So this new feature “Week Links” is becoming more of a Friday-Saturday posting instead of Friday only. But, hey it’s better than posting the following week. Without further adieu, here is a round-up of stories that recognize the “The Artists”–those who are creating and those who will create no more but leave a legacy of beauty and whimsy for the rest of us:
Your mama always says “Don’t play with your food!” But when you are an adult with artistic flare and a camera, that rule gets tossed out with uneaten, spoiled leftovers.
For almost every day last month Malaysian artist/architect Hong Yi (who often goes by the nickname Red) created a fun illustration made with common (and occasionally not so common) food. Her parameters were simple: the image had to be comprised entirely of food and the only backdrop could be a white plate.
Why just dream of being part of a comic or a superhero movie? Just draw and photograph yourself into one!
Gaikuo-Captain, has put himself in the middle of his creations. Apparently he originally just wanted to make a profile photo for himself and then ended up with this series of awesomeness!
The modern superhero look we are familiar with today was largely due to the incredible talents of Carmine Infantino who worked at DC Comics during the Golden and Silver Age of comic books (late 50s to mid 70s).
It’s not a stretch to say Carmine was one of the most influential artists of our time. Whether he was bringing the first appearance of Barry Allen to life, or building a bridge between Earth-One and Two in the legendary “The Flash of Two Worlds” story, chronicling the adventures of Adam Strange and reinventing the look of Batman and his entire family, he breathed new life into every character he encountered, and also made a name for himself as a respected and skilled publishing executive. A supreme talent and versatile creator, Carmine stands tall among the legends of comics.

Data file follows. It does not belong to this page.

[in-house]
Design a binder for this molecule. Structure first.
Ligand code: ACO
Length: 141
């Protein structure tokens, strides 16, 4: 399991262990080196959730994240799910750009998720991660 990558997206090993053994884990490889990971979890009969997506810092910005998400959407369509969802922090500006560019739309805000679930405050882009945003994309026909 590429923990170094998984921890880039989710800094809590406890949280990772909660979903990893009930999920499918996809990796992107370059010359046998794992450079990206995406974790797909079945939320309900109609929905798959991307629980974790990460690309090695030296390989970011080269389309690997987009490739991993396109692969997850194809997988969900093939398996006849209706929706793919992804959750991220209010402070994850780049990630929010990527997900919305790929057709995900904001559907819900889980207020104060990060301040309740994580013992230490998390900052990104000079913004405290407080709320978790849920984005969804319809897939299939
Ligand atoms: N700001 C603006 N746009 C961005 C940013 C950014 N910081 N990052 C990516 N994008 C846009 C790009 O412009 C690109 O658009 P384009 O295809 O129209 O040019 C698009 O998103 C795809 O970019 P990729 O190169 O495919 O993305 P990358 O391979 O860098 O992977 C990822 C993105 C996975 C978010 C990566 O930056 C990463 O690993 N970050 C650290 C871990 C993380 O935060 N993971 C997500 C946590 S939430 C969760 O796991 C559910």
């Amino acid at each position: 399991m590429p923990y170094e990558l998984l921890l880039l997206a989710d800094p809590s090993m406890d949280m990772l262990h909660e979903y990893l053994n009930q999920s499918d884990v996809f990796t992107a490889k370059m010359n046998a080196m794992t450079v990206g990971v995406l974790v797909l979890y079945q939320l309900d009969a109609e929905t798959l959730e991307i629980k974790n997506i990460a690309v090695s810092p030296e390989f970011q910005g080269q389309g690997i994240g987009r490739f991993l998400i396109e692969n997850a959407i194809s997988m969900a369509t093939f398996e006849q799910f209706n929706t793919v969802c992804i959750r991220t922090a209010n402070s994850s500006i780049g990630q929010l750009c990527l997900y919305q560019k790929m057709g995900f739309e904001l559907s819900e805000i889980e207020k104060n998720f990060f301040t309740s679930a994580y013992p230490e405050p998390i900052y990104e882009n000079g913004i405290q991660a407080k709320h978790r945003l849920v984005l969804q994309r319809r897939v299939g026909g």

Behind every visionary is a grand encourager and partner. For Jim Henson, the creator of the beloved Muppets and Sesame Street characters, his muse was his wife Jane:
Cheryl Henson, who is president of the Jim Henson Foundation, said her mother had provided ballast for her father’s creative freedom and was his artistic collaborator throughout their life. “She encouraged him to take risks,” she said, “always urged him not to compromise.” In the Henson family lexicon, she said, “We called her the great maza shelaza of the Muppets.”Roughly translated, she added, that meant the mother of all Muppets.
Although his health had been in decline due to a valiant battle with cancer, the news that legendary movie critic and Pulitzer-Prize winning writer Roger Ebert had died rocked a lot of people this week. He was the average day movie goers reviewer and a great lover of film. I will miss his reviews and his writing which was never dumbed down or condescending to the reader/movie-goer.
Roger loved the movies and big ideas and great conversation and hard work. He loved the very idea of living a full and examined life, and he was an inspiration to millions of others. Movie fans adored Roger, of course, but so did all of us who at times can feel that electric surge that is life itself.
There are numerous articles on the web regarding Ebert’s death and his impact on pop culture. I recommend this tribute by another legendary movie critic, Peter Travers and this wonderful piece on Ebert’s religion.